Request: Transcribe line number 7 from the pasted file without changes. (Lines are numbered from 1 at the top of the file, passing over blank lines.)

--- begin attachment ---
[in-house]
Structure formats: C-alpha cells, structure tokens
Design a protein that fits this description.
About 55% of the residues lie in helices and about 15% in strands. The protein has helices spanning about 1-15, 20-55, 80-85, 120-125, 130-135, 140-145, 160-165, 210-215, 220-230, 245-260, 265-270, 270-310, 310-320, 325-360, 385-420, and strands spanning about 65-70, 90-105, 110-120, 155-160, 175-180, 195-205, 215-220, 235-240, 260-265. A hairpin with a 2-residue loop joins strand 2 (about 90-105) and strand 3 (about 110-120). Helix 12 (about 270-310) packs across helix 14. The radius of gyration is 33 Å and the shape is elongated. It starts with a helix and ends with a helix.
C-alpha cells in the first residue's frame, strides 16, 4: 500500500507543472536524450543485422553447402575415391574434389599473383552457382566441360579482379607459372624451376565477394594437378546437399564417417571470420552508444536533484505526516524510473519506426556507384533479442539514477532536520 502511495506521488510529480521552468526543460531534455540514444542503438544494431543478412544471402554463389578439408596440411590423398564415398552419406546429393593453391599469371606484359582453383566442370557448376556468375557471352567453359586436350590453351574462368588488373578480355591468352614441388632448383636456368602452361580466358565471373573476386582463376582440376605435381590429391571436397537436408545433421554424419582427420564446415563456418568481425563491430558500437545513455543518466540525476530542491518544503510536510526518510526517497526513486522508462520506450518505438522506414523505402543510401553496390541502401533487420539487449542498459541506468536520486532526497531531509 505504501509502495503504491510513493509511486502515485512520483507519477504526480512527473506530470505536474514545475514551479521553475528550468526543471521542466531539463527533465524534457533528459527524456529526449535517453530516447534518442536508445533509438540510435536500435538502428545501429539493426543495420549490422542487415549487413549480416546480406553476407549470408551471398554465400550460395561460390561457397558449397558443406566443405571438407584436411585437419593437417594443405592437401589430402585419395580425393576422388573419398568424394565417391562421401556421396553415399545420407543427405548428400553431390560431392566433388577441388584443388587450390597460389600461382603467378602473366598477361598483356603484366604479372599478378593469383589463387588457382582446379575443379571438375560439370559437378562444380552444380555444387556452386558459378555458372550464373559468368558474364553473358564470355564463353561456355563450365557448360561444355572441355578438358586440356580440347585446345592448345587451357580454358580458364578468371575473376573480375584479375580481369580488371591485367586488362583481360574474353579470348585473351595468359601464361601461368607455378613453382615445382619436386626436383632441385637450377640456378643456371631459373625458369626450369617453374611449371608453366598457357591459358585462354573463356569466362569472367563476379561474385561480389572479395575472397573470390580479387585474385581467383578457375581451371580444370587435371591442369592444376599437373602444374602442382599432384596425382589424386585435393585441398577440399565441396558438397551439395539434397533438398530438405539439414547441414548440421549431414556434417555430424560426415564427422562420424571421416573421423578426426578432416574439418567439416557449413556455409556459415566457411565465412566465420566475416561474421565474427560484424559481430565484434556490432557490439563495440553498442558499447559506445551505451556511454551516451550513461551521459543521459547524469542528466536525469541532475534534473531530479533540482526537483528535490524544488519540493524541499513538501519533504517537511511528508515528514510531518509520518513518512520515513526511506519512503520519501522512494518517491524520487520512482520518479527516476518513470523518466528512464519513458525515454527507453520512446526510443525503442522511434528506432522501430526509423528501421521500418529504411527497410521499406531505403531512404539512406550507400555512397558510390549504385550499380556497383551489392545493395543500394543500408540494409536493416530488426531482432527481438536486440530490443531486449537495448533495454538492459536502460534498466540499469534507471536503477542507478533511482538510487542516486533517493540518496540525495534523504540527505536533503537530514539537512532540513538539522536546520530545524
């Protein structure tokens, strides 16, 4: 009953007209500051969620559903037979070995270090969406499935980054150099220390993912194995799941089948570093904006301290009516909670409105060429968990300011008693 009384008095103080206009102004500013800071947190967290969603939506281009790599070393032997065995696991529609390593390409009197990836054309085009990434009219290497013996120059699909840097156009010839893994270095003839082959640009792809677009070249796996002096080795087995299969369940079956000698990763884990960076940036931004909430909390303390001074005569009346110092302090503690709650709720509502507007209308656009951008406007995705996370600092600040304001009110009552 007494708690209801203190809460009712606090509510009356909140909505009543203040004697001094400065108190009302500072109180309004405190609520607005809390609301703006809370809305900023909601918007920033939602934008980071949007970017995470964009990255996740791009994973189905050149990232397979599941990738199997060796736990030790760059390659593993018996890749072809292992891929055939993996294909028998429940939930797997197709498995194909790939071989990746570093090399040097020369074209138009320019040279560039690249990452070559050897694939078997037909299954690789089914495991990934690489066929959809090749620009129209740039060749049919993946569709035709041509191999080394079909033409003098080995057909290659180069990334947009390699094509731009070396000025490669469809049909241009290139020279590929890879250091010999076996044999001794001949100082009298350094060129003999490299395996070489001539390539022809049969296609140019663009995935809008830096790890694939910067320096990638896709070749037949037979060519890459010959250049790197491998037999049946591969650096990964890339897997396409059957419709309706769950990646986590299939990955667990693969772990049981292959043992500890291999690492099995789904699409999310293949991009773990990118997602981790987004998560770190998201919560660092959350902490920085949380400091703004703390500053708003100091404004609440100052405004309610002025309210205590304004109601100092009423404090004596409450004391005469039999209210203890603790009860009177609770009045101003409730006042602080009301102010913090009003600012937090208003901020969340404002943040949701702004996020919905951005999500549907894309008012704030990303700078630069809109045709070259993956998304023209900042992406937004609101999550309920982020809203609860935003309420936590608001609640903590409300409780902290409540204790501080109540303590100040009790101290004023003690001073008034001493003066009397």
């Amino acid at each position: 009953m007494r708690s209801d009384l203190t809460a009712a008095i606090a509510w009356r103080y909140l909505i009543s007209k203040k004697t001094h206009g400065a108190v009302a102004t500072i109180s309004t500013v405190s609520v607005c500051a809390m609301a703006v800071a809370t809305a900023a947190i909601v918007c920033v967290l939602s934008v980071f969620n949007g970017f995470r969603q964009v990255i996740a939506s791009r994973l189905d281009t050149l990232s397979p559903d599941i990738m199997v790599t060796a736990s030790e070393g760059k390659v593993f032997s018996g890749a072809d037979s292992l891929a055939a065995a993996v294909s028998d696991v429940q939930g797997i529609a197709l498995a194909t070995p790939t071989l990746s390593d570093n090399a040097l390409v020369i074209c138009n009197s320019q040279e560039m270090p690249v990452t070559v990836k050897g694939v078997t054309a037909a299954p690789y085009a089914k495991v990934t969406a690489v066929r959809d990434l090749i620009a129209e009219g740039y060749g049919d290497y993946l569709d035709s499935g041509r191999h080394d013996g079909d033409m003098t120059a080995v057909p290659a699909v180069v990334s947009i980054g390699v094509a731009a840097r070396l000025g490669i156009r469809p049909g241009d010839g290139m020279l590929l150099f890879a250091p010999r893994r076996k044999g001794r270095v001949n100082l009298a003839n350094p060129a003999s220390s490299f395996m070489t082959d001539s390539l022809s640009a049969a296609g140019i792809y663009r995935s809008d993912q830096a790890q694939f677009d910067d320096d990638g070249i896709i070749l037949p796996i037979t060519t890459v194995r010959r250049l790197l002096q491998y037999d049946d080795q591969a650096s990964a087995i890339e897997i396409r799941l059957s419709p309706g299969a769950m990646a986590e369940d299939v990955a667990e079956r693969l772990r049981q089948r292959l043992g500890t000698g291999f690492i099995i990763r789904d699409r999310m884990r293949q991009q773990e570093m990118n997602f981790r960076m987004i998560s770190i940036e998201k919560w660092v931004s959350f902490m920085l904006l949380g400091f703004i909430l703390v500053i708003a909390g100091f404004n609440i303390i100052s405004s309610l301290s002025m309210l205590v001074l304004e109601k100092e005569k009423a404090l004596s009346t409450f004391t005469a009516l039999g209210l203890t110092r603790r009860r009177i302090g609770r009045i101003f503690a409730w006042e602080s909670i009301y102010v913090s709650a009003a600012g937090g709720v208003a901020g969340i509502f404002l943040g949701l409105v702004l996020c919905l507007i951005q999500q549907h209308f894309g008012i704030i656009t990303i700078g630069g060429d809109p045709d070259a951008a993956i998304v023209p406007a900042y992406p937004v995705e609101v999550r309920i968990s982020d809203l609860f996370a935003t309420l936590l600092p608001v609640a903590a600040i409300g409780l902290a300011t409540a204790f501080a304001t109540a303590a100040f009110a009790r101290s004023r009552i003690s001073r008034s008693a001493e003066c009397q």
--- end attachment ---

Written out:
């Amino acid at each position: 009953m007494r708690s209801d009384l203190t809460a009712a008095i606090a509510w009356r103080y909140l909505i009543s007209k203040k004697t001094h206009g400065a108190v009302a102004t500072i109180s309004t500013v405190s609520v607005c500051a809390m609301a703006v800071a809370t809305a900023a947190i909601v918007c920033v967290l939602s934008v980071f969620n949007g970017f995470r969603q964009v990255i996740a939506s791009r994973l189905d281009t050149l990232s397979p559903d599941i990738m199997v790599t060796a736990s030790e070393g760059k390659v593993f032997s018996g890749a072809d037979s292992l891929a055939a065995a993996v294909s028998d696991v429940q939930g797997i529609a197709l498995a194909t070995p790939t071989l990746s390593d570093n090399a040097l390409v020369i074209c138009n009197s320019q040279e560039m270090p690249v990452t070559v990836k050897g694939v078997t054309a037909a299954p690789y085009a089914k495991v990934t969406a690489v066929r959809d990434l090749i620009a129209e009219g740039y060749g049919d290497y993946l569709d035709s499935g041509r191999h080394d013996g079909d033409m003098t120059a080995v057909p290659a699909v180069v990334s947009i980054g390699v094509a731009a840097r070396l000025g490669i156009r469809p049909g241009d010839g290139m020279l590929l150099f890879a250091p010999r893994r076996k044999g001794r270095v001949n100082l009298a003839n350094p060129a003999s220390s490299f395996m070489t082959d001539s390539l022809s640009a049969a296609g140019i792809y663009r995935s809008d993912q830096a790890q694939f677009d910067d320096d990638g070249i896709i070749l037949p796996i037979t060519t890459v194995r010959r250049l790197l002096q491998y037999d049946d080795q591969a650096s990964a087995i890339e897997i396409r799941l059957s419709p309706g299969a769950m990646a986590e369940d299939v990955a667990e079956r693969l772990r049981q089948r292959l043992g500890t000698g291999f690492i099995i990763r789904d699409r999310m884990r293949q991009q773990e570093m990118n997602f981790r960076m987004i998560s770190i940036e998201k919560w660092v931004s959350f902490m920085l904006l949380g400091f703004i909430l703390v500053i708003a909390g100091f404004n609440i303390i100052s405004s309610l301290s002025m309210l205590v001074l304004e109601k100092e005569k009423a404090l004596s009346t409450f004391t005469a009516l039999g209210l203890t110092r603790r009860r009177i302090g609770r009045i101003f503690a409730w006042e602080s909670i009301y102010v913090s709650a009003a600012g937090g709720v208003a901020g969340i509502f404002l943040g949701l409105v702004l996020c919905l507007i951005q999500q549907h209308f894309g008012i704030i656009t990303i700078g630069g060429d809109p045709d070259a951008a993956i998304v023209p406007a900042y992406p937004v995705e609101v999550r309920i968990s982020d809203l609860f996370a935003t309420l936590l600092p608001v609640a903590a600040i409300g409780l902290a300011t409540a204790f501080a304001t109540a303590a100040f009110a009790r101290s004023r009552i003690s001073r008034s008693a001493e003066c009397q």